Wind actions w

(1) The characteristic values of wind actions should be assessed in accordance with the methods defined in ENV 1991-2-4 and on the basis of the selected return period.

Note 1 : Attention should be paid to the fact that on internal walls which will be an internal part of the structure after completion, during construction the external pressure coefficients cpe for free-standing walls may have to be applied.

Note 2 : In some cases, wind loads may be considered as accidental actions in combinations during execution, e.g. in cyclonic zones.

(2) Where relevant, the loaded area should include the areas of cranes, falsework, etc., that contribute to the action effects under consideration.

(3) For hoisting or launching operations or other construction stages lasting only a few hours, the project specification should define the maximum wind velocity to be considered in the design. Unless otherwise specified, this wind velocity should not be less than 20 m/s at any height.

(4) Where relevant, the critical wind velocity should be determined for cross wind vibrations, galloping and flutter to ensure that these phenomena will not govern the design during the execution stages.

Note : Rain-wind induced vibrations of slender elements of circular cross-section may need to be considered where relevant.

(5) Unless otherwise specified, the characteristic value of wind forces to be considered for the design of bridges during execution should be assessed on the basis of a nominal return period equa to:

To] years for a nominal duration of the transient situation of one year;

years, as for persistent design situations, for a duration greater than 1 year.

(6) Where static equilibrium needs to be considered during the execution phase of a bridge, the values of the characteristic wind pressures on the favourable parts should be reduced by (see 10.11 in ENV 1991-2-4).

Note : Attention should be paid to the fact that a static analysis may be insufficient in some cases and more refined models should be adopted.

(1) Snow loads should be assessed in accordance with ENV 1991-2-3, depending on the local situation of the site and on the basis of the selected return period. However, unless otherwise specified, the load to be considered as the characteristic value during execution stages should not be less than 50 % of the characteristic value determined for persistent design situations.

(2)P For bridges, if daily snow removal (weekends and holidays included) is assured and provisions compatible with the safety requirements for its removal are defined in the project specification, the snow load on the areas from which snow is removed may be reduced to

30 % of the representative value specified in ENV 1991-2-3.

(3) For bridges, when justified by climatic conditions and by the duration of the execution process, the characteristic snow load, represented by a uniformly distributed load, for the verification of static equilibrium during execution should be considered as composed of a nonsymmetrical distribution of snow located in the most unfavourable position. For this verification the snow loads should be assumed to be 25 % of the characteristic snow load on the ground determined for persistent situations.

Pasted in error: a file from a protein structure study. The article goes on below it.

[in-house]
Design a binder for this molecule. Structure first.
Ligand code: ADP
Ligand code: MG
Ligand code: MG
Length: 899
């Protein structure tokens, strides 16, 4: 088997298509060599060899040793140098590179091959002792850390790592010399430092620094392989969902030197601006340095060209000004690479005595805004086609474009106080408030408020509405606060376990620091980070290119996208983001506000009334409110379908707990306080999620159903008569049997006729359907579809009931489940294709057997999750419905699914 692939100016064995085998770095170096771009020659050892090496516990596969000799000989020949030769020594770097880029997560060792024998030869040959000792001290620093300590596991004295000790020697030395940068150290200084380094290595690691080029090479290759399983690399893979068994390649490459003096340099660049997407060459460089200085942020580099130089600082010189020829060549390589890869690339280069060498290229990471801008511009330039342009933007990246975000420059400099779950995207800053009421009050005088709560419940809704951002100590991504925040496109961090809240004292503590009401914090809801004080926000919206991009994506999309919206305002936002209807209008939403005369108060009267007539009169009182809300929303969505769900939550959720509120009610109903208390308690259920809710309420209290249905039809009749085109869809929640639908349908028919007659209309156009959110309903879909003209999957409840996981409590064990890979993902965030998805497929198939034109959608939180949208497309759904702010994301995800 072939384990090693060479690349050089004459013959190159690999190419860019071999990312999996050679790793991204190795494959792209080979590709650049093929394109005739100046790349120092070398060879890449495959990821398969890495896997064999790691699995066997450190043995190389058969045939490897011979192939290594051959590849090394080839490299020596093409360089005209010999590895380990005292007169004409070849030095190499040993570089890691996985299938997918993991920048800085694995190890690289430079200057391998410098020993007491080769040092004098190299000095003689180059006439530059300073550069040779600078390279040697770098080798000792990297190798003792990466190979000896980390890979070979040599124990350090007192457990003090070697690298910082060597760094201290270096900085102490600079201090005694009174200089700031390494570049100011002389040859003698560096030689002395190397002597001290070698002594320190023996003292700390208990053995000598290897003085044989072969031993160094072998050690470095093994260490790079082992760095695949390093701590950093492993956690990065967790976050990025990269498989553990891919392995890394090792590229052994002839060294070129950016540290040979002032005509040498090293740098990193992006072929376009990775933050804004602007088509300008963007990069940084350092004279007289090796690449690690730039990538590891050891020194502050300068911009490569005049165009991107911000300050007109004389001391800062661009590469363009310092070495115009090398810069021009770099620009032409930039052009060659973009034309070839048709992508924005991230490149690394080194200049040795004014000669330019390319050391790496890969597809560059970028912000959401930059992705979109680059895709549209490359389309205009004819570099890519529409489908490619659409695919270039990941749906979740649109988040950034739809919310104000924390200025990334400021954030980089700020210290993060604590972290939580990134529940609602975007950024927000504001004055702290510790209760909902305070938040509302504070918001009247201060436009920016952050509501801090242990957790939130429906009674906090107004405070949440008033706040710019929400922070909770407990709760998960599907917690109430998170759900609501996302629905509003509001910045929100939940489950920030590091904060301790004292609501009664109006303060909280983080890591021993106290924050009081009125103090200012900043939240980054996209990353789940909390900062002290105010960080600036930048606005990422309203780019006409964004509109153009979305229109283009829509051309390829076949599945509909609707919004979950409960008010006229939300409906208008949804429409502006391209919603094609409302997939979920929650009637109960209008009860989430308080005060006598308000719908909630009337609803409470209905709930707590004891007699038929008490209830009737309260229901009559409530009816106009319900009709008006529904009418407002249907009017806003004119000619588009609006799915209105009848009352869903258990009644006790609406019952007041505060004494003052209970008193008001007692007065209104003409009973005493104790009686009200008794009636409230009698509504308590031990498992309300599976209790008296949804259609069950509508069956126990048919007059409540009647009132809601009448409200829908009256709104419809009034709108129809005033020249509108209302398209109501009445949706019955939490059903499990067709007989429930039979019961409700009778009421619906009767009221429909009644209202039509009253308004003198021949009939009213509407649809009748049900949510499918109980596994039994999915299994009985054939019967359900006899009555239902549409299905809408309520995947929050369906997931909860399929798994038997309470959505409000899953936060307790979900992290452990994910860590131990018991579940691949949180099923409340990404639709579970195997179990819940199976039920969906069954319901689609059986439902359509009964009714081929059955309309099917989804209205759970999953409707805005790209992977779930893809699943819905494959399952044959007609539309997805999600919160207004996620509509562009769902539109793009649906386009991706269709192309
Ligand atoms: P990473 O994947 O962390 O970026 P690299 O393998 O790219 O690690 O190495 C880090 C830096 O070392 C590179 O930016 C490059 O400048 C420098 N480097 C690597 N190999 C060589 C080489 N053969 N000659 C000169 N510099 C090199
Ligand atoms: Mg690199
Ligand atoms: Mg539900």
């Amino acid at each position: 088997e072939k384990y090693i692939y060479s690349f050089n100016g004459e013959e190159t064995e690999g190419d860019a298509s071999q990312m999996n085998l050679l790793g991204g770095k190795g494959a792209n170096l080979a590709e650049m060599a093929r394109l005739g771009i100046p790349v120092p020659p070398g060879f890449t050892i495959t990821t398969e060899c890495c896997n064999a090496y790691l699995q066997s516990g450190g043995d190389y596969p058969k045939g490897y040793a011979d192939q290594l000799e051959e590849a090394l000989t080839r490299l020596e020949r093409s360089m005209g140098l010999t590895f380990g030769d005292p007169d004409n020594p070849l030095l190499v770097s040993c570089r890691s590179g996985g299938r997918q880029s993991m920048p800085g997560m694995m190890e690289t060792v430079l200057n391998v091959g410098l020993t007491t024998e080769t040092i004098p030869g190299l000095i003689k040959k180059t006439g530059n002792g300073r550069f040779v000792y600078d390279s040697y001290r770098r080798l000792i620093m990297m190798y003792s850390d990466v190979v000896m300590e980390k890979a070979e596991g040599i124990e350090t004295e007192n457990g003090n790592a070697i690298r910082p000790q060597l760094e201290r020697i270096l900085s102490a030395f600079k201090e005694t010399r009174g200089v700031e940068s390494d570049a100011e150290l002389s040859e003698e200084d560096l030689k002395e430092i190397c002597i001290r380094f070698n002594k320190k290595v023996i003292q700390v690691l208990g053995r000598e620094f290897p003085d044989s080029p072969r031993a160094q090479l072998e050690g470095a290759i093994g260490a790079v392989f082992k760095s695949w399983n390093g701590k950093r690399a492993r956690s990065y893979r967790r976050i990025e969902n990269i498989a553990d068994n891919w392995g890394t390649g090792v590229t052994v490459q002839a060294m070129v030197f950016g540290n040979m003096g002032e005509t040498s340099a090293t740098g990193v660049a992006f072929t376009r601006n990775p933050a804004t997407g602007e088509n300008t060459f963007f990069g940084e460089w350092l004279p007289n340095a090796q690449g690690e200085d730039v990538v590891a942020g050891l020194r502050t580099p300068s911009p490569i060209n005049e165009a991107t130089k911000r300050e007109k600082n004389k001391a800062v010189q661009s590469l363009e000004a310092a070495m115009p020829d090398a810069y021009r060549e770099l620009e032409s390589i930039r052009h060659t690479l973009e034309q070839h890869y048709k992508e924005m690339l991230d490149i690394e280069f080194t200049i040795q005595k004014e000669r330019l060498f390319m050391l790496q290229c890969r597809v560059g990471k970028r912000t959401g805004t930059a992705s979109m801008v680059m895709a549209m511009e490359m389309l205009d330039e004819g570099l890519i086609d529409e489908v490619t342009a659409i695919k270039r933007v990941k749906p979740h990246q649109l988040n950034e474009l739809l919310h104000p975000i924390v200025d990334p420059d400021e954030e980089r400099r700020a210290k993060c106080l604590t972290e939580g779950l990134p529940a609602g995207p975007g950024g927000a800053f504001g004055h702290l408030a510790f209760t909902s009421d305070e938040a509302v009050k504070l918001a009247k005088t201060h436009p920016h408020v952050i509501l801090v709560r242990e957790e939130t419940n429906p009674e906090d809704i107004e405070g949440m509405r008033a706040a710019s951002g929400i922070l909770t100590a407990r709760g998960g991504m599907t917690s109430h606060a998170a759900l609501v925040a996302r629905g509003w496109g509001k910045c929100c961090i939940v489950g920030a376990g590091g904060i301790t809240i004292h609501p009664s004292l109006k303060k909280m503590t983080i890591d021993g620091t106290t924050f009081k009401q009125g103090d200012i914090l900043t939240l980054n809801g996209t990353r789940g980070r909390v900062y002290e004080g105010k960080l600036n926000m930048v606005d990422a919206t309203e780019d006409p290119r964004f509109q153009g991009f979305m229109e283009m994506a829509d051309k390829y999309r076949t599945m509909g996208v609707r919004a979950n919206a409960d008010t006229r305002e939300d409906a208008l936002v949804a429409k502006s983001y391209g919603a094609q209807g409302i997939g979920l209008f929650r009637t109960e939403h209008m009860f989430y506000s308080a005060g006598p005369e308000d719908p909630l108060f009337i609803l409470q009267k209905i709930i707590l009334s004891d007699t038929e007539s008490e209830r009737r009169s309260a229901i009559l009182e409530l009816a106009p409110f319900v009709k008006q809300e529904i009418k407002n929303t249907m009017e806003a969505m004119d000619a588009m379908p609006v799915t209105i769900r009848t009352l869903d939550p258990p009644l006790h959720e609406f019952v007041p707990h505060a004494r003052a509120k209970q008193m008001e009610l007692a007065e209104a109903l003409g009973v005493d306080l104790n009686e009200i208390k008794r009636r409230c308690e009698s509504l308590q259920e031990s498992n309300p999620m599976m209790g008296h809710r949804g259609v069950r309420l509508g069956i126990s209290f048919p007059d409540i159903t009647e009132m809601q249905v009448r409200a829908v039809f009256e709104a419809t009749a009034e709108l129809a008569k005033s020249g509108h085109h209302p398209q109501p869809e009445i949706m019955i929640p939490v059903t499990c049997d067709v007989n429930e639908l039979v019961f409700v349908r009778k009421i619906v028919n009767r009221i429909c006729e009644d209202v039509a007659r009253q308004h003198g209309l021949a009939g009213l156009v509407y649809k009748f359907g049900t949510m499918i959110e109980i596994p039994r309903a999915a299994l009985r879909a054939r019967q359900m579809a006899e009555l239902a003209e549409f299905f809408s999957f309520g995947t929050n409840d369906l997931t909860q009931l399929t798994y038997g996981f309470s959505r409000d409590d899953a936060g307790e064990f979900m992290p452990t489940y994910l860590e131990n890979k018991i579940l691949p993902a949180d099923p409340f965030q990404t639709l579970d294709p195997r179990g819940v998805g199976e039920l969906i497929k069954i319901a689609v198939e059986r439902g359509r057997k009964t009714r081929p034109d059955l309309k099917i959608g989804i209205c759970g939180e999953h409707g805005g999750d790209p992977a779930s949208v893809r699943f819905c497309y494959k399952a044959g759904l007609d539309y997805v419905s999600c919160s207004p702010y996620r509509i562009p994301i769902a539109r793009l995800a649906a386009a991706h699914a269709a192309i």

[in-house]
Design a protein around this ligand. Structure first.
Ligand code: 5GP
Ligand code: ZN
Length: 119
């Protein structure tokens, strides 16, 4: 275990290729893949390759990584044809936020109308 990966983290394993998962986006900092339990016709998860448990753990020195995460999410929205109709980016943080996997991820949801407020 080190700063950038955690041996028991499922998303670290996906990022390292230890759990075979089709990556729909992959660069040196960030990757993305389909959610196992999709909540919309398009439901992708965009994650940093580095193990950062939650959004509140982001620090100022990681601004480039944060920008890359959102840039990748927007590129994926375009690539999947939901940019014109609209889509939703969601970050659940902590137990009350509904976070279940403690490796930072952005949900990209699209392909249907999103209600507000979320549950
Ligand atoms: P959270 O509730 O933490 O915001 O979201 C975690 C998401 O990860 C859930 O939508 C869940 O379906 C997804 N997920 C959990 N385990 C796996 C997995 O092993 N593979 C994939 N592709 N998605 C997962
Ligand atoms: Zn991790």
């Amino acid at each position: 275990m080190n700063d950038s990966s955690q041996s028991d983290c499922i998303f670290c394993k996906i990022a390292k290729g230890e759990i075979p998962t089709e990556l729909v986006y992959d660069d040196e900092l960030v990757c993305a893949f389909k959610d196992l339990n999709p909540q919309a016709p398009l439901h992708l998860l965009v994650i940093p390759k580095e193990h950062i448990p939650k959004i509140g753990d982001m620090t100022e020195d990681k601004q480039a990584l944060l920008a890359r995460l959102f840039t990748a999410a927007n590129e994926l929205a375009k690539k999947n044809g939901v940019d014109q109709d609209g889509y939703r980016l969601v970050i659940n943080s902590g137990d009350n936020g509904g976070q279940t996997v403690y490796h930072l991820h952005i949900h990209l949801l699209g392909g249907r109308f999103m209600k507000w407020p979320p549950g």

(1) In general, actions due to water (free or ground water) should be represented as:

- static pressures;

- if relevant, hydrodynamic effects.

Note : In general, phenomena covered by hydrodynamic effects are:

- the hydrodynamic force due to currents on immersed obstacles;

- forces due to wave actions;

- water effects caused by an earthquake (tsunamis).

(2) For the sake of simplicity, actions due to water generally may be taken into account in combinations as permanent actions: the variability of water pressure or of water level should be taken into account by the means of the design situations defined in the project specification. Where actions due to water are to be considered as variable, design values should be directly specified.

(3) Water actions exerted by currents on immersed structures are perpendicular to the contact surfaces, and may induce dynamic effects. They should be determined for the relevant current speed, water depth and shape of the structure, defined in the project specification and depending on the design situation for the construction period under consideration.

(4) The magnitude of the horizontal force exerted by currents on the vertical surface of an immersed object (Fig. 4.2) may be determined by the following expression:



vwa is themean speed of the water, averaged over the depth, in m/s; pwa is the density of water in kg/m3;

h is the water depth, but not including, where relevant, local scour depth in meters; b is the width of the object in meters; k is the shape factor: k = 0,72 for an object of square or rectangular horizontal cross-section, k = 0,35 for an object of circular horizontal cross-section.


scour depthj^"

Current pressure

Local scour depth

Figure 4.2: Pressure and force due to currents on cofferdams and bridge piers


scour depthj^"

Current pressure

Local scour depth

Figure 4.2: Pressure and force due to currents on cofferdams and bridge piers

Note . The total effect of water includes both static and dynamic pressures on each surface.

(5) Actions from rainwater should be considered when either the failure of dewatering devices has to be taken into account or ponding effects may occur either due to imperfections of the surface or deflections.

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